Cummings sees the 1960s at ARPA as a roadmap for UK innovation. But is he drawing the wrong lessons from the agency's success?by Madeleine Gabriel / February 4, 2020 / Leave a comment
The Dream Machine, The Imagineers of War, The Pentagon’s Brain… Perhaps not phrases you’d normally associate with a research funding agency. But these are all titles of books about the Advanced Research Projects Agency (ARPA)—an American funding body with almost mythical status in some quarters.
US President Dwight D Eisenhower set up ARPA in 1958. It was a response to the Soviet Union’s launch of the first Sputnik satellite, which had caught the US by surprise. ARPA’s mission was to make pivotal investments in breakthrough technologies for national security.
ARPA, which became DARPA when “Defense” was added to the name in 1972, is famous for helping to bring forward many of the big innovations of the last half-century, from the internet to GPS and self-driving cars. It’s also well known for its enormous resources—it has an annual budget of over US$3 billion (£2.7 billion).
‘Get Brexit done, then ARPA’
Dominic Cummings, Boris Johnson’s chief special adviser, has put a UK version of ARPA high on the government’s agenda. His WhatsApp profile apparently lists his priorities as “Get Brexit done, then ARPA.” In the post-election Queen’s Speech, the government committed to “backing a new approach to funding high-risk, high-payoff research in emerging fields of research and technology.” Civil servants are now consulting research and innovation experts about how this might be done.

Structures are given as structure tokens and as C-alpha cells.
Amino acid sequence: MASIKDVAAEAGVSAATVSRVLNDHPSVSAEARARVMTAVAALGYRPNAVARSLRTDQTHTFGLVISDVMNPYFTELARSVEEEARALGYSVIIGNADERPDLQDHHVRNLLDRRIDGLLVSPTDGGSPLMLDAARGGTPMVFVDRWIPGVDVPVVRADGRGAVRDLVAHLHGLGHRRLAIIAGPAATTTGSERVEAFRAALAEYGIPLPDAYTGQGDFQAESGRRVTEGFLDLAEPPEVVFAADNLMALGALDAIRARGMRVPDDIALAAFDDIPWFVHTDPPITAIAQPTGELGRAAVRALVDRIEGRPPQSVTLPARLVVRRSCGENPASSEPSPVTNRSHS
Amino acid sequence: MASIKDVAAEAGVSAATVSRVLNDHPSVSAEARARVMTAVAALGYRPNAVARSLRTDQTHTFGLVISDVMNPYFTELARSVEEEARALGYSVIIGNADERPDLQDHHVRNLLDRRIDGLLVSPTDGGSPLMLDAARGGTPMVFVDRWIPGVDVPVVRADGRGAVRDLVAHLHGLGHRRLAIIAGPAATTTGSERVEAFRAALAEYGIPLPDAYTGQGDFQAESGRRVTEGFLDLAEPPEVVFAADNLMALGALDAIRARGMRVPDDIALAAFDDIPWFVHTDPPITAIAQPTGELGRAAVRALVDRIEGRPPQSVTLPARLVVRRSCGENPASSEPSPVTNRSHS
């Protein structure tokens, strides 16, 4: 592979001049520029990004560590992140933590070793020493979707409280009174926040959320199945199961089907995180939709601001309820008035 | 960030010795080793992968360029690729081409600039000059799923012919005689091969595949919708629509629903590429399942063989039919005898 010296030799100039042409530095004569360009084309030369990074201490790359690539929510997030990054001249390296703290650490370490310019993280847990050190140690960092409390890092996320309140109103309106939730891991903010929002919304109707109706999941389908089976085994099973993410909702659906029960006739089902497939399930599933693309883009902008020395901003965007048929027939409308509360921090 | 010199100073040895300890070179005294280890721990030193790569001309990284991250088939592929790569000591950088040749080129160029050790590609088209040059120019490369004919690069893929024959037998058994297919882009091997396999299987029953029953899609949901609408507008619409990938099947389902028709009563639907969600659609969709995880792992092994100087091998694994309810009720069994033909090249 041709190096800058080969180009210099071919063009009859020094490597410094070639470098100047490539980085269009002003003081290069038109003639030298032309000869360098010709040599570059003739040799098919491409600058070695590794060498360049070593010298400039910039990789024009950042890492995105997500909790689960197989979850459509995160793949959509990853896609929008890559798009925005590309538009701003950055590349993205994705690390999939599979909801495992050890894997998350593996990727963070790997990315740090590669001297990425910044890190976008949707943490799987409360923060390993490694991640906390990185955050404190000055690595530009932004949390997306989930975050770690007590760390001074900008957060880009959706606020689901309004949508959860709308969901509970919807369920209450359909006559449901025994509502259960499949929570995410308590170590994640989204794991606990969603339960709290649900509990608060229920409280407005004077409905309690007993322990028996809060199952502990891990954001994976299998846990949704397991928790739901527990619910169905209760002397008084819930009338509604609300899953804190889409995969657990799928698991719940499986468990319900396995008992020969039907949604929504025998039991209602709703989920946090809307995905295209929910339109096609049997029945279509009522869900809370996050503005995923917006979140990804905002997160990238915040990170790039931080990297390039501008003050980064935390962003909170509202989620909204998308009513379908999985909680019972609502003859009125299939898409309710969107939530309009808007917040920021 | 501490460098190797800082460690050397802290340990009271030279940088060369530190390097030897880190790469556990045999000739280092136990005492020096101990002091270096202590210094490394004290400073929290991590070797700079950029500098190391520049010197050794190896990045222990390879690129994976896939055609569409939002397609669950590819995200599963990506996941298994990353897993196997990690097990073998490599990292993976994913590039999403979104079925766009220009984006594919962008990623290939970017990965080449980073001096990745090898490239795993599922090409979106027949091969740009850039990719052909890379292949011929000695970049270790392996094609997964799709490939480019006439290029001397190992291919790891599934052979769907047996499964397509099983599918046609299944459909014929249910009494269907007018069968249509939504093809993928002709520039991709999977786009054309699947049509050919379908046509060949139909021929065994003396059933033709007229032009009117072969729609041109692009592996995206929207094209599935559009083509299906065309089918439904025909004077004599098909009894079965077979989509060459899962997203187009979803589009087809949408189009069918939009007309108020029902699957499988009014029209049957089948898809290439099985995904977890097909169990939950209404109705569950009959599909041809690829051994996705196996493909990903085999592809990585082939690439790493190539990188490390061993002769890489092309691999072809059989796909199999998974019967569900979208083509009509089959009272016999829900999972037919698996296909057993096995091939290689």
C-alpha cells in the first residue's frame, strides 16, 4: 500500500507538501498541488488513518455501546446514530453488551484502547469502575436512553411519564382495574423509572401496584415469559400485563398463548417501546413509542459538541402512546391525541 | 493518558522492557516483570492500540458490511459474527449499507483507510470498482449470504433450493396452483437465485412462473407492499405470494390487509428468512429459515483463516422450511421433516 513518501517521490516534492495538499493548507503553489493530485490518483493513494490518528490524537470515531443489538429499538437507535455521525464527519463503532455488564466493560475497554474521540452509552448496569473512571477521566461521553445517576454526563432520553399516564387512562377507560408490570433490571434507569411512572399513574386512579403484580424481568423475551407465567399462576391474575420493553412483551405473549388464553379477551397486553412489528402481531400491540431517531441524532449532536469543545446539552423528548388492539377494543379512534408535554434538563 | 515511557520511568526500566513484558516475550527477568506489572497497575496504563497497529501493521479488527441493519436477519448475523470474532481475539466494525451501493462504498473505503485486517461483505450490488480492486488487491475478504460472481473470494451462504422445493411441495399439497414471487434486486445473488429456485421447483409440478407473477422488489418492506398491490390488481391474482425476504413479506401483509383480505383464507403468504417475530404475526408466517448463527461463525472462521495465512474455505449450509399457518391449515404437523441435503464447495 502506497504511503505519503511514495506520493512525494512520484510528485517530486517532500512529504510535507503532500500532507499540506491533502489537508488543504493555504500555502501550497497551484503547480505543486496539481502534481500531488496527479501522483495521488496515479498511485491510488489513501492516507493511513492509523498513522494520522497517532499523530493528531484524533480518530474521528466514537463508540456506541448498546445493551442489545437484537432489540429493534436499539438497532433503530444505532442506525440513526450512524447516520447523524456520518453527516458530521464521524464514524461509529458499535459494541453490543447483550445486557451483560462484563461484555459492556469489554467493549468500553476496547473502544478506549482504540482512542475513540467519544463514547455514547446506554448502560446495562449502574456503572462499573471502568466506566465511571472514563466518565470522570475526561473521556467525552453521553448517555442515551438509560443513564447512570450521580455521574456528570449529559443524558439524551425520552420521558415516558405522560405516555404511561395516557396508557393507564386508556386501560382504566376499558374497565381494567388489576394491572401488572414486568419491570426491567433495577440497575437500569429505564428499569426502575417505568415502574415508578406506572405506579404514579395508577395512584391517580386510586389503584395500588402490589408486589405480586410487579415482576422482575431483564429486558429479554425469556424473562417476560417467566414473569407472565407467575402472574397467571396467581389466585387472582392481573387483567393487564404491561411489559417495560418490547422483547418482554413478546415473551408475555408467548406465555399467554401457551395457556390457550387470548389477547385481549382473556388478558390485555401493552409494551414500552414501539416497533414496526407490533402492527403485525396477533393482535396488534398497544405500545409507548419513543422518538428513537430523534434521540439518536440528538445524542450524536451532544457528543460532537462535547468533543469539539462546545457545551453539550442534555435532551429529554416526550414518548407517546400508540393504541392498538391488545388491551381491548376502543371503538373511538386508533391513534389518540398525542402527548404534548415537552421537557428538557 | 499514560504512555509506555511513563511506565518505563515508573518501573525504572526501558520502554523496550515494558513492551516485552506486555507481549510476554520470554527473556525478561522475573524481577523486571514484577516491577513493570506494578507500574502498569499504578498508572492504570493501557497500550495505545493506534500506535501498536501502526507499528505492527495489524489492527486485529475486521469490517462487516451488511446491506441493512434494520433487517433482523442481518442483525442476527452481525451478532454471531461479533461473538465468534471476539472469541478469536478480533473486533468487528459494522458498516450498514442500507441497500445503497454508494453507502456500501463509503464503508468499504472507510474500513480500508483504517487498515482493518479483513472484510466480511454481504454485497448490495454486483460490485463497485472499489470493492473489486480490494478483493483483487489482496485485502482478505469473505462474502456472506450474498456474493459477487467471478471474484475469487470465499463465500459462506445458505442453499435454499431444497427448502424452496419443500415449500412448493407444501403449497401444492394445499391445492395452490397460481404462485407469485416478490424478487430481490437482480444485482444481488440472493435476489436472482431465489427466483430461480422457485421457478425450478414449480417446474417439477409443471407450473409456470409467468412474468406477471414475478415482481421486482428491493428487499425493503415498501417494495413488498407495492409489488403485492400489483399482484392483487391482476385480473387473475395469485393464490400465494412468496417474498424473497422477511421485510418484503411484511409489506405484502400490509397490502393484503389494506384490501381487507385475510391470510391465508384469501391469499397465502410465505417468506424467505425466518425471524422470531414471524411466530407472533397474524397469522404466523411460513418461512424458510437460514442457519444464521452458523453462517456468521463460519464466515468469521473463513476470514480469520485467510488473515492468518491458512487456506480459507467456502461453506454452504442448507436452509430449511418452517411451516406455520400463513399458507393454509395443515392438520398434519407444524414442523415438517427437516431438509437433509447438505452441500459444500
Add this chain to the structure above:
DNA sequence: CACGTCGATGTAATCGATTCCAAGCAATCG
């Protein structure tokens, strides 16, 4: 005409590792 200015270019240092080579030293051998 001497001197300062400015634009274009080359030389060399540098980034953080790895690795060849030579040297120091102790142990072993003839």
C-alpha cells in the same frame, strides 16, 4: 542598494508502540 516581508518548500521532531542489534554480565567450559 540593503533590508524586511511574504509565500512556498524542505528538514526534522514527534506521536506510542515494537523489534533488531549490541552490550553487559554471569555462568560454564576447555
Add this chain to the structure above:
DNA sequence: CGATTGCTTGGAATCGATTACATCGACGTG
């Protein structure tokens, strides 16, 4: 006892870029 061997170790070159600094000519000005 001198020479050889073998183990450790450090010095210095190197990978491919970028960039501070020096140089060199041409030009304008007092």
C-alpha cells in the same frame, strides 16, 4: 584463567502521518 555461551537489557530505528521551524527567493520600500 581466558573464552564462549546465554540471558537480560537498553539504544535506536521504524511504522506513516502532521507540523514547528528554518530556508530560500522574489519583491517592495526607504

So what’s the appeal of ARPA, and why has Cummings made it such a high priority? His blog gives some insights—he’s written about ARPA several times, with one 2018 post accompanied by a 47-page essay.
Cummings is interested in a particular phase in ARPA’s history—the period between 1962 and 1975—which he sees as extraordinarily productive. He focuses largely on the work of one ARPA department, the Information Processing Techniques Office, and its first head, Joseph Licklider.
Licklider, known as “Lick,” was by all accounts a visionary and highly talented manager. He’s credited with having foreseen major developments in personal computing and funded the research to make these happen. DARPA does not do its own research, but instead channels funds to researchers it sees as highly competent. Cummings explores the relationship between ARPA and Xerox’s famous PARC laboratory, which produced, among other groundbreaking innovations, the first personal computer.
He draws a few distinct lessons from ARPA’s history. The first…